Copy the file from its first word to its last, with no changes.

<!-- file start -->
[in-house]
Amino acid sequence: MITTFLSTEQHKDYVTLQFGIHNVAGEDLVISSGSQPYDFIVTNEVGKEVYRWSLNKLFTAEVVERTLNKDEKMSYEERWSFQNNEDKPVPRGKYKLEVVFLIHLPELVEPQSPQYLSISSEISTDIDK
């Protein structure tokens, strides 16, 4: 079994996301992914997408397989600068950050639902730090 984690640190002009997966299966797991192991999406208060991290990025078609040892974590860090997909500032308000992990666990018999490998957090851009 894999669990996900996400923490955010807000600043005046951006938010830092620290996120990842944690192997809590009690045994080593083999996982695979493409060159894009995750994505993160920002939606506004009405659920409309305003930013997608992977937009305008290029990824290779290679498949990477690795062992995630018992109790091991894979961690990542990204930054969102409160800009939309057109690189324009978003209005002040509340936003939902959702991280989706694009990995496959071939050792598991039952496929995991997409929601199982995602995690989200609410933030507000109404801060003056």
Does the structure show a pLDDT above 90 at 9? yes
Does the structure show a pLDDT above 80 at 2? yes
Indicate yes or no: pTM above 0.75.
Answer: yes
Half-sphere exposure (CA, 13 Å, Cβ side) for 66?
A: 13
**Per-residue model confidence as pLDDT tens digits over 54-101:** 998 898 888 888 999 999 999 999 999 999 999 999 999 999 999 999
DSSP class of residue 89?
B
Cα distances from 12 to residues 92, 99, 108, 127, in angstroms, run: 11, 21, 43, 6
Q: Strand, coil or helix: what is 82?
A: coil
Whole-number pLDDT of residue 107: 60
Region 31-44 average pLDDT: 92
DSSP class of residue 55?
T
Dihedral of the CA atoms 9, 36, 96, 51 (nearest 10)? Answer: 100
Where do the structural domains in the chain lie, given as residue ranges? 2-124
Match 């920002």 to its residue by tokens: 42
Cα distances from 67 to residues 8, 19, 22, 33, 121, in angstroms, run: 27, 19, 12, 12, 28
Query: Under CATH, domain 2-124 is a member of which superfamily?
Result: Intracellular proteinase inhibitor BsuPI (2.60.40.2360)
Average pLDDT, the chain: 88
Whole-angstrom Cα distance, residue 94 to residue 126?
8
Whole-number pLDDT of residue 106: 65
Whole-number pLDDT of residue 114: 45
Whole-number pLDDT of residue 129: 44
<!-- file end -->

[in-house]
Amino acid sequence: MITTFLSTEQHKDYVTLQFGIHNVAGEDLVISSGSQPYDFIVTNEVGKEVYRWSLNKLFTAEVVERTLNKDEKMSYEERWSFQNNEDKPVPRGKYKLEVVFLIHLPELVEPQSPQYLSISSEISTDIDK
């Protein structure tokens, strides 16, 4: 079994996301992914997408397989600068950050639902730090 984690640190002009997966299966797991192991999406208060991290990025078609040892974590860090997909500032308000992990666990018999490998957090851009 894999669990996900996400923490955010807000600043005046951006938010830092620290996120990842944690192997809590009690045994080593083999996982695979493409060159894009995750994505993160920002939606506004009405659920409309305003930013997608992977937009305008290029990824290779290679498949990477690795062992995630018992109790091991894979961690990542990204930054969102409160800009939309057109690189324009978003209005002040509340936003939902959702991280989706694009990995496959071939050792598991039952496929995991997409929601199982995602995690989200609410933030507000109404801060003056």
Does the structure show a pLDDT above 90 at 9? yes
Does the structure show a pLDDT above 80 at 2? yes
Indicate yes or no: pTM above 0.75.
Answer: yes
Half-sphere exposure (CA, 13 Å, Cβ side) for 66?
A: 13
**Per-residue model confidence as pLDDT tens digits over 54-101:** 998 898 888 888 999 999 999 999 999 999 999 999 999 999 999 999
DSSP class of residue 89?
B
Cα distances from 12 to residues 92, 99, 108, 127, in angstroms, run: 11, 21, 43, 6
Q: Strand, coil or helix: what is 82?
A: coil
Whole-number pLDDT of residue 107: 60
Region 31-44 average pLDDT: 92
DSSP class of residue 55?
T
Dihedral of the CA atoms 9, 36, 96, 51 (nearest 10)? Answer: 100
Where do the structural domains in the chain lie, given as residue ranges? 2-124
Match 């920002």 to its residue by tokens: 42
Cα distances from 67 to residues 8, 19, 22, 33, 121, in angstroms, run: 27, 19, 12, 12, 28
Query: Under CATH, domain 2-124 is a member of which superfamily?
Result: Intracellular proteinase inhibitor BsuPI (2.60.40.2360)
Average pLDDT, the chain: 88
Whole-angstrom Cα distance, residue 94 to residue 126?
8
Whole-number pLDDT of residue 106: 65
Whole-number pLDDT of residue 114: 45
Whole-number pLDDT of residue 129: 44